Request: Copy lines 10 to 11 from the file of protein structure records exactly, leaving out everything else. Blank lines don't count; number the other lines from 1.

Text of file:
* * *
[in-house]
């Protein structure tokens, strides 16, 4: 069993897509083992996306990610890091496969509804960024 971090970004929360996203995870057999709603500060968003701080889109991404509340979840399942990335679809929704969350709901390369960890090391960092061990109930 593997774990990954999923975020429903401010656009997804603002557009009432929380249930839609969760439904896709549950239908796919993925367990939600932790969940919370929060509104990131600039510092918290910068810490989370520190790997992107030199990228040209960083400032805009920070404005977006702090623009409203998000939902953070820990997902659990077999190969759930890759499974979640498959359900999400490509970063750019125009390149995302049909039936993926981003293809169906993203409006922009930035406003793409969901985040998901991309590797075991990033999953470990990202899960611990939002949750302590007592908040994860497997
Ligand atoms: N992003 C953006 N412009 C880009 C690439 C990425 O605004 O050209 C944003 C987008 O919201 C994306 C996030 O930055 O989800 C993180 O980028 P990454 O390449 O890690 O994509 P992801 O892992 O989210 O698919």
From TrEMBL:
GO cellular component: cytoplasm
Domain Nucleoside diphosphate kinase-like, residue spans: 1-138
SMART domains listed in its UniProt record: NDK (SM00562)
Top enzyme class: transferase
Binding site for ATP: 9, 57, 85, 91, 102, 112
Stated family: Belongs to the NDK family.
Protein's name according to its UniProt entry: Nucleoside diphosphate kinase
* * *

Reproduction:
Stated family: Belongs to the NDK family.
Protein's name according to its UniProt entry: Nucleoside diphosphate kinase